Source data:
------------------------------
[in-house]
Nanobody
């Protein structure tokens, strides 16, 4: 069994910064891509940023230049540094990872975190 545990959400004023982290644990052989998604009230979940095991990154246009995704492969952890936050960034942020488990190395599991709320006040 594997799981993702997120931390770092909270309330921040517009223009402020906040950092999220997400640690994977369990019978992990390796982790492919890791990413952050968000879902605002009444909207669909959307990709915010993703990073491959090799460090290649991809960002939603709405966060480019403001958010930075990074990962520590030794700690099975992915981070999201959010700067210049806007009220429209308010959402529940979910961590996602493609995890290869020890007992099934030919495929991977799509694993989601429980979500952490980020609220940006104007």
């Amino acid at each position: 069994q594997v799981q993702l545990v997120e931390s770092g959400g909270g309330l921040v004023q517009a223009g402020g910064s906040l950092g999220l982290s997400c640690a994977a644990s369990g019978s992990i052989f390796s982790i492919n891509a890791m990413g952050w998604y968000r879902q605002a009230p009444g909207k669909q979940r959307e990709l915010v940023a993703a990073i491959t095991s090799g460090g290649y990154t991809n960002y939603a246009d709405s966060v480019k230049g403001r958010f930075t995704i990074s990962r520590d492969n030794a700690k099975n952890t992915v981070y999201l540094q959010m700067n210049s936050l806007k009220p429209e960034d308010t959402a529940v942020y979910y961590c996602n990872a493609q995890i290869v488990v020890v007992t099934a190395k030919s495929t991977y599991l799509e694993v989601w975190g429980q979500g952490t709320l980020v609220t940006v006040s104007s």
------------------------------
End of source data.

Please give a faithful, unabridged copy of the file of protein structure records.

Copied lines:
[in-house]
Nanobody
């Protein structure tokens, strides 16, 4: 069994910064891509940023230049540094990872975190 545990959400004023982290644990052989998604009230979940095991990154246009995704492969952890936050960034942020488990190395599991709320006040 594997799981993702997120931390770092909270309330921040517009223009402020906040950092999220997400640690994977369990019978992990390796982790492919890791990413952050968000879902605002009444909207669909959307990709915010993703990073491959090799460090290649991809960002939603709405966060480019403001958010930075990074990962520590030794700690099975992915981070999201959010700067210049806007009220429209308010959402529940979910961590996602493609995890290869020890007992099934030919495929991977799509694993989601429980979500952490980020609220940006104007």
């Amino acid at each position: 069994q594997v799981q993702l545990v997120e931390s770092g959400g909270g309330l921040v004023q517009a223009g402020g910064s906040l950092g999220l982290s997400c640690a994977a644990s369990g019978s992990i052989f390796s982790i492919n891509a890791m990413g952050w998604y968000r879902q605002a009230p009444g909207k669909q979940r959307e990709l915010v940023a993703a990073i491959t095991s090799g460090g290649y990154t991809n960002y939603a246009d709405s966060v480019k230049g403001r958010f930075t995704i990074s990962r520590d492969n030794a700690k099975n952890t992915v981070y999201l540094q959010m700067n210049s936050l806007k009220p429209e960034d308010t959402a529940v942020y979910y961590c996602n990872a493609q995890i290869v488990v020890v007992t099934a190395k030919s495929t991977y599991l799509e694993v989601w975190g429980q979500g952490t709320l980020v609220t940006v006040s104007s």